However, that is changing. Plug-and-play scanners have been introduced specifically for reading codes marked directly on parts. These new image scanners are more akin to conventional laser scanners for bar codes than they are to vision systems.
These scanners incorporate all the necessary elements for reading 2D codes, including lighting and optics. They offer high-resolution imaging and automatic setup functions to simplify installation. The scanner can be aligned by line personnel without the need for external equipment, such as a PC or video monitor. All the "system engineering" work of selecting light, optics and an operational mode is eliminated. The new scanners also cost much less than vision-based solutions.
This technology opens up many more practical uses for direct part marking and literally puts scanning in the hands of the production worker, with handheld scanners as well as fixed-position scanners for automation.
ApplicationsOne popular application for this technology is the identification of PCBs. A laser can etch a Data Matrix symbol directly into the solder mask of a PCB. The marking area is very small, typically 1/8 inch square to hold a 10-digit number. Doubling that symbol size to 1/4 inch square provides space for 52 alphanumeric characters. Larger symbols are often used for permanent identification and for recording additional information, such as a serial number and lot code right on the board. This eliminates the need to access external databases for information.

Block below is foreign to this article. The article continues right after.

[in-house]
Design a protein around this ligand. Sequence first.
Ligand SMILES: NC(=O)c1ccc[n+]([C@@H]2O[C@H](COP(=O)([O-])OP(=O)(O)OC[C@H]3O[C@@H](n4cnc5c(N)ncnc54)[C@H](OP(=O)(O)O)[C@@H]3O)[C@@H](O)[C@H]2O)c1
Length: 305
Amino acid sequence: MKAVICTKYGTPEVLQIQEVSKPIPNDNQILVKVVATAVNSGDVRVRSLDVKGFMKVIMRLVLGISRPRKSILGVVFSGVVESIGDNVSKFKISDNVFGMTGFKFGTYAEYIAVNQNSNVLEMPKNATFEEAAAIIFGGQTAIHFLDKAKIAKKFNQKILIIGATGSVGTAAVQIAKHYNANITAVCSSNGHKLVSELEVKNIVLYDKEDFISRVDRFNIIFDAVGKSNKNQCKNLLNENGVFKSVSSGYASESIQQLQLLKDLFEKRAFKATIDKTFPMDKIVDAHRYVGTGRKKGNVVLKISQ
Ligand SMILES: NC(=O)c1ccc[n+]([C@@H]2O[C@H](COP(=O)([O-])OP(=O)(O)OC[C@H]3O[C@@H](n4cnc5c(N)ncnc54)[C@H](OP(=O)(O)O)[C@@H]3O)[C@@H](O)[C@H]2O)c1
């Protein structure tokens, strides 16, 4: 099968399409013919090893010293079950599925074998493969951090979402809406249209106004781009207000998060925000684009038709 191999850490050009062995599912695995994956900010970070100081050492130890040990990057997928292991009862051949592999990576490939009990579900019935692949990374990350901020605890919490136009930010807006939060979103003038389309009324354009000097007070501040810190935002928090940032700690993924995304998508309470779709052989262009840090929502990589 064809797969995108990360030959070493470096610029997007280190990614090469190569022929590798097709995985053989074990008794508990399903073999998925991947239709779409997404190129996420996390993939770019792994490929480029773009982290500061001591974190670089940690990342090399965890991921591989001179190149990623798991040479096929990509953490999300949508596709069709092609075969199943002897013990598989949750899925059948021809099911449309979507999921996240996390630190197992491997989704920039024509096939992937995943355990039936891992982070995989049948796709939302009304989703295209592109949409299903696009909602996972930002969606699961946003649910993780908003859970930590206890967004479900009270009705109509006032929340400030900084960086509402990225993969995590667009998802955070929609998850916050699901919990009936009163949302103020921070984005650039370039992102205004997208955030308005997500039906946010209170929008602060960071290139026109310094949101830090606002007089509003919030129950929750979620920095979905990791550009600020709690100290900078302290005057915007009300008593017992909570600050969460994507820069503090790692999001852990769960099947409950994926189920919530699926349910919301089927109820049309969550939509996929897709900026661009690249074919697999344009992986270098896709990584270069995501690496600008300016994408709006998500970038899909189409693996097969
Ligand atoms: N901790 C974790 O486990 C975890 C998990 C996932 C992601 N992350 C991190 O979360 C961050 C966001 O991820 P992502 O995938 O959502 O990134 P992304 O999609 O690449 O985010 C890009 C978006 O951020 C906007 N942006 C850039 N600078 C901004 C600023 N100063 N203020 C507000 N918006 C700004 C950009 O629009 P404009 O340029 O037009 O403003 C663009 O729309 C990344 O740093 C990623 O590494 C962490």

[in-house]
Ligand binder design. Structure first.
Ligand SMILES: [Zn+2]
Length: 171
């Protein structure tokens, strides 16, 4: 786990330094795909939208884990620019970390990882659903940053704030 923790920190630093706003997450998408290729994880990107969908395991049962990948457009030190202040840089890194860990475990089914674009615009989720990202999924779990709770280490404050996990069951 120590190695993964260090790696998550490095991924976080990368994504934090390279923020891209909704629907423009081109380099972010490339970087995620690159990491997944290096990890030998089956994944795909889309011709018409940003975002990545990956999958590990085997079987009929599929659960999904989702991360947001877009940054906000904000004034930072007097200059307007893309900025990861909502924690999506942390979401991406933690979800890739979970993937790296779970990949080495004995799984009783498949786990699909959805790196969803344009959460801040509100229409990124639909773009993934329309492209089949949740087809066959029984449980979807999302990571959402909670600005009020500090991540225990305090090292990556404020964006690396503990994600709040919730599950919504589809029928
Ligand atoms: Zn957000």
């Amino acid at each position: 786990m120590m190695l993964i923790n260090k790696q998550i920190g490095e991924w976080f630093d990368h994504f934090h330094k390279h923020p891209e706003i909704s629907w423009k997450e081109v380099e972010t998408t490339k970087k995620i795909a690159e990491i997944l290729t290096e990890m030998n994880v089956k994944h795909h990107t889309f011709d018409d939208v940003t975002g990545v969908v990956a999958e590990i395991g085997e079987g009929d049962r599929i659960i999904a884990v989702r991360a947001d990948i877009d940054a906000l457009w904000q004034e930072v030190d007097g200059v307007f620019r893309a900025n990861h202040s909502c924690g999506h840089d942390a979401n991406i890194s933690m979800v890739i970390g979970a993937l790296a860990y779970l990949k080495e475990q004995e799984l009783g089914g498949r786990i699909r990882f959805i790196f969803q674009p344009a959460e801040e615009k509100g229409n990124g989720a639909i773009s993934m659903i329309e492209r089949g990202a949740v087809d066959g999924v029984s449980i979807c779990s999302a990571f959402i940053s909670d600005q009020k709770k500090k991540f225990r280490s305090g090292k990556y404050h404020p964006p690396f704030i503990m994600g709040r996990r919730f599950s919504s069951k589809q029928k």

In many cases, the permanent Data Matrix symbol will be used to generate a standard bar code label, which is applied after the item has undergone processes that would have destroyed the paper. This provides certain information to entities further along the way that are not equipped with scanners for direct part marking. (This is changing. As these new scanners become more ubiquitous, the need to print an additional bar code label will decrease.)
If bar codes are already part of the assembly process, manufacturers won't need two code-reading machines. Many 2D-code imagers can automatically discriminate between small bar codes and Data Matrix symbols and will read both accurately. A 2D-code imager can also be coupled with a laser scanner to read very small Data Matrix symbols and large bar codes up to 6 inches in length.
Manufacturers of components that must withstand harsh environments, such as the internal parts of a jet engine, rely on direct marking of Data Matrix codes to identify them. Marking metal parts with dot-peened or laser-etched symbols provides reliable and rugged marks for such applications. Reading these marks after years of service requires little more than cleaning off the dirt prior to scanning. Today's scanners automatically adjust for variations in contrast and background noise.
As applications expand in scope, so too will scanner configurations. Faster and lower-power processors, more sophisticated software, and lower cost imaging components will contribute to the growing use of 2D codes and scanners in the future.
For more information on automatic identification technologies, contact RVSI/Auto Image ID at 888-288-6462 or visit www.autoimageid.com.